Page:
Birnbaum, Amanda .
Volatile Oils of Monarda viridissima, an Endemic Species of the Carrizo Sand Formation in Texas.
Volatile oils are used by plants for attracting pollinators, deterring herbivores, allelopathy and as antibacterial and antifungal agents. The use of volatile oils by humans dates back to ancient civilizations where they were used for culinary purposes, medicinally, flavors and fragrance and insecticide. The mint family has numerous genera well known for their production of volatile oils in all parts of the plant. Botanists have studied volatile oils for taxonomic and phylogenetic purposes to elucidate patterns between and among species and have shown production of volatile oils can be influenced by environmental factors as well as genetic factors. The present study investigates Monarda viridissima, an edaphic endemic restricted to certain areas of the Carrizo sand formation in Texas where it has been collected in six counties. The distribution of the genus Monarda (Lamiaceae) is limited to North America, where it can be found as far north as the Canadian prairies and as far south as Central Mexico, on both the east and west coasts and everywhere in between. The influence of edaphic factors and leaf maturity on the composition of volatile oils was investigated, as well as a comparison of leaf and flower oils of the same plant. M.viridissima was grown in four different soil types in order to determine how much of the variation in production of volatile oils is due to edaphic factors. Gas chromatographic patterns obtained from volatile oils of Monarda viridissima are discussed.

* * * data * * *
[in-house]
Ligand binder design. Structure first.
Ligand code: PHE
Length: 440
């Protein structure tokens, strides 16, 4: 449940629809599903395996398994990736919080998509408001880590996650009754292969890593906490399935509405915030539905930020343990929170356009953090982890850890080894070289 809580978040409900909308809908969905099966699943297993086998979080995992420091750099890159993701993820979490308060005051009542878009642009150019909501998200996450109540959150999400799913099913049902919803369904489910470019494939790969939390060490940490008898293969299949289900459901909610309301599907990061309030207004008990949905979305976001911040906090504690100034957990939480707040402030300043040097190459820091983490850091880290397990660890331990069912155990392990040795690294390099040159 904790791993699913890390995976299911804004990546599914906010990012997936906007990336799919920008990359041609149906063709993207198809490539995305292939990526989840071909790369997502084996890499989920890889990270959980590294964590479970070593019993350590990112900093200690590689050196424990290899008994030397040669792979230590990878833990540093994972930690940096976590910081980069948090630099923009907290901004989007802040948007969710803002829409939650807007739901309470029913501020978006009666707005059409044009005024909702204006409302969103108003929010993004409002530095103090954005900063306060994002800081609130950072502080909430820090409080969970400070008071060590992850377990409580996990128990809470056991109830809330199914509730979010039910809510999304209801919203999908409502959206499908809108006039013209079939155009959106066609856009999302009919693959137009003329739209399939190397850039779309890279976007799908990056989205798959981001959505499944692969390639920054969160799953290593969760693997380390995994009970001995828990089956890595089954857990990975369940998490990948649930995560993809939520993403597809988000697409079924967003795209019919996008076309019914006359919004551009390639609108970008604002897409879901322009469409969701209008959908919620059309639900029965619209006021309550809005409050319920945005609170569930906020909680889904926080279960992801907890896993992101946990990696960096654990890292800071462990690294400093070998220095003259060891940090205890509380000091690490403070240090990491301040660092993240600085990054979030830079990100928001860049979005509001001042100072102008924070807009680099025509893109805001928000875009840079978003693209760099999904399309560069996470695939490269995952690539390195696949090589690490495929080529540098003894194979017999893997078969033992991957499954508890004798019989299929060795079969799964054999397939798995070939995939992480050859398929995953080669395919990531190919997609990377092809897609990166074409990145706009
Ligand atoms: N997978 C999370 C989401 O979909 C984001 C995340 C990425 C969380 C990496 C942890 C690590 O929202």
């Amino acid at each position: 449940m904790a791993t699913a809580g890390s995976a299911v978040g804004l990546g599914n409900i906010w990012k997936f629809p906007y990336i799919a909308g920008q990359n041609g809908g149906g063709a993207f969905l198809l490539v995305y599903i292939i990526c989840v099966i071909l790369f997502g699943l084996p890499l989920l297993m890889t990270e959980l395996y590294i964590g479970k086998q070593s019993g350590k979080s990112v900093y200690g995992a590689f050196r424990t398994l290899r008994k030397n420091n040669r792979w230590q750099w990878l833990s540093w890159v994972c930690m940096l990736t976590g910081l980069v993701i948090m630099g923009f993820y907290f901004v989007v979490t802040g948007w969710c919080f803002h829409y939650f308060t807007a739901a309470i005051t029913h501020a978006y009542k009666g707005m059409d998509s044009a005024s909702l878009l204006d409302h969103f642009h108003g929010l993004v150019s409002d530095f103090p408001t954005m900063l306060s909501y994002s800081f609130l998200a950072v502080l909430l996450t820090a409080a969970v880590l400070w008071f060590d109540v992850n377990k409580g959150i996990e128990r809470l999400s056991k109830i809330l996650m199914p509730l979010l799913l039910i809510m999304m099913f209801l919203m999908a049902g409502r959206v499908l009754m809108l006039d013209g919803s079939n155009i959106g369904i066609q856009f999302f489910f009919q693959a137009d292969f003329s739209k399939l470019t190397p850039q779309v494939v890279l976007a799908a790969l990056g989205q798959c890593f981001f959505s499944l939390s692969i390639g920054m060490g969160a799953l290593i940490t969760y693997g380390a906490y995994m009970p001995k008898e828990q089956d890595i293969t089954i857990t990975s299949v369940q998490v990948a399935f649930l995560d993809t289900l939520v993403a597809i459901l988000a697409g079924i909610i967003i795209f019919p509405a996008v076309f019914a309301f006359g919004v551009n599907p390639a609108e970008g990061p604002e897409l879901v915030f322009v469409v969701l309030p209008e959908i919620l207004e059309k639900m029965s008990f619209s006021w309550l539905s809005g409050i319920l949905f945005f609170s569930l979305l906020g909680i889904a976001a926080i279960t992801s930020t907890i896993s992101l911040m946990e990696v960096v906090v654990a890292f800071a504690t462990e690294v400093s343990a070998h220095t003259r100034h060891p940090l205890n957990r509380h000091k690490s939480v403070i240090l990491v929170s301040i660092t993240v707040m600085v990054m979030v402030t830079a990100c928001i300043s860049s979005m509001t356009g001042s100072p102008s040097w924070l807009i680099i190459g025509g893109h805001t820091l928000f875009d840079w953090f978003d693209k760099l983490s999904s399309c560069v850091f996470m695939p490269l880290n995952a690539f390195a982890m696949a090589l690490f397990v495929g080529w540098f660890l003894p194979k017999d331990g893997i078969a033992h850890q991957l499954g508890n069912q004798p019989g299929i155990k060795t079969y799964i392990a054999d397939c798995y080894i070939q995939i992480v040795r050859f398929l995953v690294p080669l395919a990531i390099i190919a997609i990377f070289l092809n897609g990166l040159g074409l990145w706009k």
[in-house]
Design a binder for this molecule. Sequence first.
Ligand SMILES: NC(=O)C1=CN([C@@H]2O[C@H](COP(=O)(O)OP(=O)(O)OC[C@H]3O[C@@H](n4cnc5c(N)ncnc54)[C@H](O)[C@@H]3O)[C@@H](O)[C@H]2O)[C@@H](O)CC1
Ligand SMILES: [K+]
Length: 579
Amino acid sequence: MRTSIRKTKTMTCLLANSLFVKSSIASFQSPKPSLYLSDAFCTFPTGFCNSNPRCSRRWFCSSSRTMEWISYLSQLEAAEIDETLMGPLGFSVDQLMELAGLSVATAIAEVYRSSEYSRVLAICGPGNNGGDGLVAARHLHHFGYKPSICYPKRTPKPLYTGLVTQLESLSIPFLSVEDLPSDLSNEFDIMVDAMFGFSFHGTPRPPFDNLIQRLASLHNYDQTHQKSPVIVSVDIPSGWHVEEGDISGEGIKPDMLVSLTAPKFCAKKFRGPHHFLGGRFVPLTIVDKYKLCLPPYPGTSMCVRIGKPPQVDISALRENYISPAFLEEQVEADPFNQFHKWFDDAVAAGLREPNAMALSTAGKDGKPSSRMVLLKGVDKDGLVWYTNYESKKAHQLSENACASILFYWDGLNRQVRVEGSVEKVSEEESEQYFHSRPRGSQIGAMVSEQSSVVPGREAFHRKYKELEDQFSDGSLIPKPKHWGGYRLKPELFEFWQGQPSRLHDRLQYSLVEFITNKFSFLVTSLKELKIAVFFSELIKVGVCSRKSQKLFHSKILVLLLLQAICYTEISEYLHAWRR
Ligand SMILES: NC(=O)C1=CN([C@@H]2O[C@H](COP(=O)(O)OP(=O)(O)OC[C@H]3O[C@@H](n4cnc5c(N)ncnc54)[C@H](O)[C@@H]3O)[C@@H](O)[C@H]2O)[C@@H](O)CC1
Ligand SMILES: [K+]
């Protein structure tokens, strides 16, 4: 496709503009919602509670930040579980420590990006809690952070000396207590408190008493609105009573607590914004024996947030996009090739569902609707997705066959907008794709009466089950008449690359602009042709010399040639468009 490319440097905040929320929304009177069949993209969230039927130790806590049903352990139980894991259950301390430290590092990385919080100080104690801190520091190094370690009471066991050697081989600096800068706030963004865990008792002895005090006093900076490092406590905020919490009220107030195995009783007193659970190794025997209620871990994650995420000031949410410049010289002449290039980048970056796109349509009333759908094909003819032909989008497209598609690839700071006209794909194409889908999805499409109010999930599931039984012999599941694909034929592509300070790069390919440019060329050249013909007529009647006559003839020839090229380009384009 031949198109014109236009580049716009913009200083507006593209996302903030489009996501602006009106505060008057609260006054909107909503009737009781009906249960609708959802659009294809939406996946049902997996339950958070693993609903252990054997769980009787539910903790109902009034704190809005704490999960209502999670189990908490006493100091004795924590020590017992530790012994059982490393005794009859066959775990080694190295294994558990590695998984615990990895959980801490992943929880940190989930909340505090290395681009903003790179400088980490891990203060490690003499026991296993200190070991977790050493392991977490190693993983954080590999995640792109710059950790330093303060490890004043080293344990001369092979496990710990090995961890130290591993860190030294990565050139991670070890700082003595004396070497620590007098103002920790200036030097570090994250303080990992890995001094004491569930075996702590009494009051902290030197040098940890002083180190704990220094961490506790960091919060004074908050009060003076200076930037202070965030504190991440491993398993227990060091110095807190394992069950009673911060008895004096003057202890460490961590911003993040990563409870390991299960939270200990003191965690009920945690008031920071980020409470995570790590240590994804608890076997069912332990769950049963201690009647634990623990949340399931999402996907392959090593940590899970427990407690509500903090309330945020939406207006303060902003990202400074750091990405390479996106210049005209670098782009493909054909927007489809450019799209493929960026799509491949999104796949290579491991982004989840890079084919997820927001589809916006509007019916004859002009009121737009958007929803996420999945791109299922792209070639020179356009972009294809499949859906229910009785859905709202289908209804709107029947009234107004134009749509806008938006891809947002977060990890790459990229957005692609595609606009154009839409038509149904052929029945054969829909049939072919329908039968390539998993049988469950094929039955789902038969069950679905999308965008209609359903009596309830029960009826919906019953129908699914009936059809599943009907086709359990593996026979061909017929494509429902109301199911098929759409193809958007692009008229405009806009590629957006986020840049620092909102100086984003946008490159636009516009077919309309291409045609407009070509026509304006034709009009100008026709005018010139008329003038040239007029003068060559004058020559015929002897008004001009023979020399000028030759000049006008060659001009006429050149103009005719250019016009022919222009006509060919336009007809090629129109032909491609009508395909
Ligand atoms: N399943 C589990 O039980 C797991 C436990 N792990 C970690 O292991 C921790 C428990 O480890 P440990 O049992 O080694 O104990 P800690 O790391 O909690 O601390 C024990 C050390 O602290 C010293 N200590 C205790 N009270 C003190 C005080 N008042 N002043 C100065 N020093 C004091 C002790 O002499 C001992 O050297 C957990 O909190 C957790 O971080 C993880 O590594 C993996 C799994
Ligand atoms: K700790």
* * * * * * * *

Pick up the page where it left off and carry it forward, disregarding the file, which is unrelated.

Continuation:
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1 - Texas State University, Biology, 119 Vista, San Marcos, TX, 78666, USA
Volatile Organic Compounds.
Presentation Type: Poster:Posters for Sections
Location: Hall A/Convention Center
Date: Monday, August 2nd, 2010
Time: 5:30 PM